The United States relief agencies began distributing free food to hundreds of thousands starved people in Niger, a deeply impoverished West African nation still reeling from its worst food shortage in years, AP reports.
Poor rains and locusts ruined crops two years ago and Niger's people suffered through a massive food crisis in 2005. Crop yields picked up last year but food stores are again dwindling ahead of this year's harvest and the World Food Program said it would begin distributing cereals Friday to 650,000 people in Niger.
"Recovery from a year as difficult as 2005 does not happen overnight," the agency's Niger director, Sory Ouane, said in a statement.
"A significant proportion of the population are still struggling to get back on their feet, despite what was a good harvest at the end of last year. They need a safety net and, together with the government, we are providing it," he said.
West Africa is entering its annual "lean season," when crops from the previous year are exhausted and a fresh harvest is still months away. Prices of staple foods in markets soar, leaving many of the region's most vulnerable people at risk of malnutrition, which can be fatal if left unchecked.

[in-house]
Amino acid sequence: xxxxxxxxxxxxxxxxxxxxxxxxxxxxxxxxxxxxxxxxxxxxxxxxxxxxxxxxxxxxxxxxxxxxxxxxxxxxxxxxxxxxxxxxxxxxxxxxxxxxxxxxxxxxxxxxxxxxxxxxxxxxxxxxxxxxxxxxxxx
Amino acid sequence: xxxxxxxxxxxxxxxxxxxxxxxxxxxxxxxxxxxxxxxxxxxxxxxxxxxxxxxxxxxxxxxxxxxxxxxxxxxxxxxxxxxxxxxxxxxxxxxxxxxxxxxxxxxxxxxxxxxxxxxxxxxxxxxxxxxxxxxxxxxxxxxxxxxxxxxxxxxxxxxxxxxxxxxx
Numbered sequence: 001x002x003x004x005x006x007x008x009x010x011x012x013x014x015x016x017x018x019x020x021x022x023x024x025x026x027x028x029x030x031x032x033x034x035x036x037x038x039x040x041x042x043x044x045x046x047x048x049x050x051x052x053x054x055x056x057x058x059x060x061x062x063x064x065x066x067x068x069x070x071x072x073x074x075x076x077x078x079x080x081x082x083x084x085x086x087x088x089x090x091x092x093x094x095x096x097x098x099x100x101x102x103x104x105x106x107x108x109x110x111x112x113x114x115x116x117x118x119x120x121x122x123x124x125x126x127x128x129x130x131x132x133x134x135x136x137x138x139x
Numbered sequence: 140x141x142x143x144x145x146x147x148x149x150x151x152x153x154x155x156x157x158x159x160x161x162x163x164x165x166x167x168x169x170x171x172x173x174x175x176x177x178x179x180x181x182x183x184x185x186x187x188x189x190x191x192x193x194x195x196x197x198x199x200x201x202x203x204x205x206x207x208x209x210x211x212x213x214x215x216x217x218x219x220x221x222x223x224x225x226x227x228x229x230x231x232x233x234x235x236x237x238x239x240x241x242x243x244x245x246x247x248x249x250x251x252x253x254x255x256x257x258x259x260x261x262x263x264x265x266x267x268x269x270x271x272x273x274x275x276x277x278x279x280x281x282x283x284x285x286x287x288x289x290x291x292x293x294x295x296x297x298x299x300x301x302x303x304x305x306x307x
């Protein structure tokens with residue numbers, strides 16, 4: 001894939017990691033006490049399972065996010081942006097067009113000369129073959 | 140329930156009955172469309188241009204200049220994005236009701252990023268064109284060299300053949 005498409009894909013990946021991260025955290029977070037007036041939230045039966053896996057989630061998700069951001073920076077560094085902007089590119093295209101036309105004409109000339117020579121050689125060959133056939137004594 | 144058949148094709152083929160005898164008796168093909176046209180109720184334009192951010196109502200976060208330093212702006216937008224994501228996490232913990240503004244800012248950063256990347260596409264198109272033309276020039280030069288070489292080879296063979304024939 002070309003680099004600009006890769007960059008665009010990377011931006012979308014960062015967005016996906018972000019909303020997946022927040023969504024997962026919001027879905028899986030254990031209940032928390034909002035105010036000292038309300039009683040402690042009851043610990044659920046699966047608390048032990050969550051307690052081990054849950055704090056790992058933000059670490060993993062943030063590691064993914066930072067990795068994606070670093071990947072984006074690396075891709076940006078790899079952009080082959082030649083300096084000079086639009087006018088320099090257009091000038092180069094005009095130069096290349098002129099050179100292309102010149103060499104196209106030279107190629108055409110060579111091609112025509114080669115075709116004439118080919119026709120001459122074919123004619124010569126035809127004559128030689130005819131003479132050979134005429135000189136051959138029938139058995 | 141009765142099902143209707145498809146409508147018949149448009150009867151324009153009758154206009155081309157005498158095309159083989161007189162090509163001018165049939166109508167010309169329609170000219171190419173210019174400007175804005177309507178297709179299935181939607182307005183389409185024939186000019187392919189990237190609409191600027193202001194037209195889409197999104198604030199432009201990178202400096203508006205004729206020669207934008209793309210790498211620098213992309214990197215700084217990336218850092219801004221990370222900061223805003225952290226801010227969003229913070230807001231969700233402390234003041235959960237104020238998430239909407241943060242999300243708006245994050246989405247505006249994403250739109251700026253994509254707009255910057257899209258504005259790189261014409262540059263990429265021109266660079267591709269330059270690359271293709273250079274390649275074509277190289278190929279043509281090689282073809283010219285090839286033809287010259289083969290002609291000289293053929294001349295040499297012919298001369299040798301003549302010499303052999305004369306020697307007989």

While 2005 was a particularly difficult year across West African countries that sit on the fringe of the Sahara Desert, hunger is chronic and many in the region complain that help only arrives after television images of skinny babies are broadcast overseas.
Humanitarian workers say the problems are endemic and need long-term solutions, such as widespread development and irrigation schemes. Only 10 percent of the land in Niger, with 12 million people, is currently arable. Most food is imported.
Senegal, Mauritania, Mali and Burkina Faso are in similar straits, leaving many millions of people exposed to periods of potentially deadly hunger each year.
"The main challenge now is a long term one - helping to support social and economic development in Niger," said Ouane.